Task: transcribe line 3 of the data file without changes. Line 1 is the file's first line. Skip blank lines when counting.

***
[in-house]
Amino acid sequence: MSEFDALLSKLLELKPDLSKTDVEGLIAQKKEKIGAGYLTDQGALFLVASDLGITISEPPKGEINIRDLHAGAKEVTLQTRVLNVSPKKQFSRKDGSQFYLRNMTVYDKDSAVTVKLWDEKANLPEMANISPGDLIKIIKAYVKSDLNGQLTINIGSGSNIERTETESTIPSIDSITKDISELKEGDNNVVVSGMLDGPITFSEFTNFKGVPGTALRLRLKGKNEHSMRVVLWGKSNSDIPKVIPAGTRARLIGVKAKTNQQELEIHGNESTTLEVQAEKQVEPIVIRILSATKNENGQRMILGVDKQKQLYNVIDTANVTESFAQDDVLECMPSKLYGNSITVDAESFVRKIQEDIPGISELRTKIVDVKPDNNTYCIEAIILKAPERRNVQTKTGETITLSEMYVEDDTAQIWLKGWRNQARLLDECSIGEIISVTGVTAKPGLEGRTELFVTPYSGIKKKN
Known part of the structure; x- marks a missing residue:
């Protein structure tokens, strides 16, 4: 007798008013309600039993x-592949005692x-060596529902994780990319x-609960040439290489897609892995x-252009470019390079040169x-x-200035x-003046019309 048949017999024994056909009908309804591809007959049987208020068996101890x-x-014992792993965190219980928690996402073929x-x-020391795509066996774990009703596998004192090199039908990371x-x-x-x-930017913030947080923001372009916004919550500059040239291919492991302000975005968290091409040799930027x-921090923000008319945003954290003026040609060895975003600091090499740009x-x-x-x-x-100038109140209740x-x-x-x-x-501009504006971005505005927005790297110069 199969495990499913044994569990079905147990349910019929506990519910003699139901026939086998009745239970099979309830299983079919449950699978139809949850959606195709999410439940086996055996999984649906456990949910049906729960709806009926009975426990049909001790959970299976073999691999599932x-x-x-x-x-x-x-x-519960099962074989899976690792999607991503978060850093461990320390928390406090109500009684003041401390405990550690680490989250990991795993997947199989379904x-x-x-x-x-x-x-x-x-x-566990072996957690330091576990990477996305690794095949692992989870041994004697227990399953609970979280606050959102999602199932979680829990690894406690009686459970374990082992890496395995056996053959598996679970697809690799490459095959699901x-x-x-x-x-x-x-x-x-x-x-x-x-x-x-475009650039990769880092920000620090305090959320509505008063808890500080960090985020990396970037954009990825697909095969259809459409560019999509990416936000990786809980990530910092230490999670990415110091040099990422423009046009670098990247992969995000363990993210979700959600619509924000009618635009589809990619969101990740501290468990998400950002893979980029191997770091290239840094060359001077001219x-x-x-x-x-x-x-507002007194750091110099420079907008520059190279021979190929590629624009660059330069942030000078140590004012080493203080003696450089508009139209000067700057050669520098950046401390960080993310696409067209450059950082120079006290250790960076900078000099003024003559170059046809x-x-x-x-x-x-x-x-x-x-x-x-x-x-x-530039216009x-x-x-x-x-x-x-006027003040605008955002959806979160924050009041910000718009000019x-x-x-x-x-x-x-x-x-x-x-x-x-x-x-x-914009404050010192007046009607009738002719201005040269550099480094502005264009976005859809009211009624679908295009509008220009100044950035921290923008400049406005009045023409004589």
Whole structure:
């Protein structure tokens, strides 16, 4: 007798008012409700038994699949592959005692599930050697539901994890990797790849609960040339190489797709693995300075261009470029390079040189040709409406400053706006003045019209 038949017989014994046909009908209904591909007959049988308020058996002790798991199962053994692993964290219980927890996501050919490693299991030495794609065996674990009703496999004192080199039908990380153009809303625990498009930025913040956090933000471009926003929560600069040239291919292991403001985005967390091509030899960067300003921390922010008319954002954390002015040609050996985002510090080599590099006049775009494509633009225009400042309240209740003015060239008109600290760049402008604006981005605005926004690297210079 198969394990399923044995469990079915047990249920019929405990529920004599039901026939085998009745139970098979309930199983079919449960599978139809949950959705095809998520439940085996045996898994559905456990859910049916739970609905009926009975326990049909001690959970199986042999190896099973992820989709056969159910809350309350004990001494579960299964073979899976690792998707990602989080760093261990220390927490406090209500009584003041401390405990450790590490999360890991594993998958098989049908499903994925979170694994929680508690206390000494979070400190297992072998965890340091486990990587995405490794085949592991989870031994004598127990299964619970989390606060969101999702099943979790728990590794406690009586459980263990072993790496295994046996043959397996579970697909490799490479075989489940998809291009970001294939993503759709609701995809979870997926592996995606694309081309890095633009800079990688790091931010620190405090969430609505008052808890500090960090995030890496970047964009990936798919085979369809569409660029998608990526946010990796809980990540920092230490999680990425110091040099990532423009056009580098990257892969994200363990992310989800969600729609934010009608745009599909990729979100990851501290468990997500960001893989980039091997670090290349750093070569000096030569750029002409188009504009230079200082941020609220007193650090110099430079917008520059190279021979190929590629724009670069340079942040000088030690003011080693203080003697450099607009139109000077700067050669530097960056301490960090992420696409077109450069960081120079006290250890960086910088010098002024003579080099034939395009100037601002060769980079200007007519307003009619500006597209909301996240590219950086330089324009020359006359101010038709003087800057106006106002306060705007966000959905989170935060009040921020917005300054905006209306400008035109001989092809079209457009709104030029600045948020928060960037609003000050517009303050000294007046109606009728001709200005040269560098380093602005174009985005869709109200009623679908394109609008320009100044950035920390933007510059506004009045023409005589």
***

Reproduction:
Known part of the structure; x- marks a missing residue: